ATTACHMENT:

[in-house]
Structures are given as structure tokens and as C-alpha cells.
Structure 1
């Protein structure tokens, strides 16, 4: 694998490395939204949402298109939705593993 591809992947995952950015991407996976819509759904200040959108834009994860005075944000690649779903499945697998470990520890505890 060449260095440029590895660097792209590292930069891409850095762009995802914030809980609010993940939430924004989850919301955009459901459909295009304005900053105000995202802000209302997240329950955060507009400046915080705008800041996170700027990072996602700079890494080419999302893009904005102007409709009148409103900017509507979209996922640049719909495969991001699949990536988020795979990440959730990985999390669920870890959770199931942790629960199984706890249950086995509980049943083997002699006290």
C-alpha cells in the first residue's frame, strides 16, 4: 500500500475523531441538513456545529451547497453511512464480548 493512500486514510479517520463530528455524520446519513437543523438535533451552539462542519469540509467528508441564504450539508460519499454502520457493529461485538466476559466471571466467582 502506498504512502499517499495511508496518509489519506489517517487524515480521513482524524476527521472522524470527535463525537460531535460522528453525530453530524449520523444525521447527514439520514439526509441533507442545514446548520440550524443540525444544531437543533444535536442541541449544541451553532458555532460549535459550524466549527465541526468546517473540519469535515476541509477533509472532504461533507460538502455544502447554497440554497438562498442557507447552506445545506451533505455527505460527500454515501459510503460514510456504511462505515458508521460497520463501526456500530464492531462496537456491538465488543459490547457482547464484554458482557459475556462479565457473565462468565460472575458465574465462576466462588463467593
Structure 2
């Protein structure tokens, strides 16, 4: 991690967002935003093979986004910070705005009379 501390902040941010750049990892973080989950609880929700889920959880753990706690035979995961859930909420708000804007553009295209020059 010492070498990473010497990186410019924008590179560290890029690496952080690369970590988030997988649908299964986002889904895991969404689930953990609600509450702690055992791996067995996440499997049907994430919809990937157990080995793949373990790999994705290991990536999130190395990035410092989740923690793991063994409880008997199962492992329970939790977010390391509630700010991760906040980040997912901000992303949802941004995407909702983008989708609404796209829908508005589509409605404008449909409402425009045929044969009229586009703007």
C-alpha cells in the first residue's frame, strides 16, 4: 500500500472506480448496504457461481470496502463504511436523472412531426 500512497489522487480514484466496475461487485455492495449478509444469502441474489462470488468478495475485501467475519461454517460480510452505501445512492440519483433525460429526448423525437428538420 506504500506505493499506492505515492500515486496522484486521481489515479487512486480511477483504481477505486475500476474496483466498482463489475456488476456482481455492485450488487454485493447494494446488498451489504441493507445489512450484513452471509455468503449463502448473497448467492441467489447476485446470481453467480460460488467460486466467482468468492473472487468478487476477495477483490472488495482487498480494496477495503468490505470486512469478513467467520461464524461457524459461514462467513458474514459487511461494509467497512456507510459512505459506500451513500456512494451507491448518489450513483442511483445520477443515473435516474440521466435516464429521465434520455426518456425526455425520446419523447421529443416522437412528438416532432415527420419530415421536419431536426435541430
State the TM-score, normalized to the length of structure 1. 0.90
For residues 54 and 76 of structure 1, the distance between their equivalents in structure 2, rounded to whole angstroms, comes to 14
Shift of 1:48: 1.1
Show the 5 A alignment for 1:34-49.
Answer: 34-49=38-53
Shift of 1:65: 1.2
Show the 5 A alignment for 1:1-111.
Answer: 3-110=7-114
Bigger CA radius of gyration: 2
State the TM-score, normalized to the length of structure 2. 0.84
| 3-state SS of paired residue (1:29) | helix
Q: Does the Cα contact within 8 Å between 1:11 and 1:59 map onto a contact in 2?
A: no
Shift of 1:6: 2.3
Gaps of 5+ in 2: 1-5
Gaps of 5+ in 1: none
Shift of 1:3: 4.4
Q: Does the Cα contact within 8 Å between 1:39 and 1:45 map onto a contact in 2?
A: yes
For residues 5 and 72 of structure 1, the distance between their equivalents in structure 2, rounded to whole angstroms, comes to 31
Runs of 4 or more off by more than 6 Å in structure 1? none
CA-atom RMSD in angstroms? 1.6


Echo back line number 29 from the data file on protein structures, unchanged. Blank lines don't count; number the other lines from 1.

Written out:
Runs of 4 or more off by more than 6 Å in structure 1? none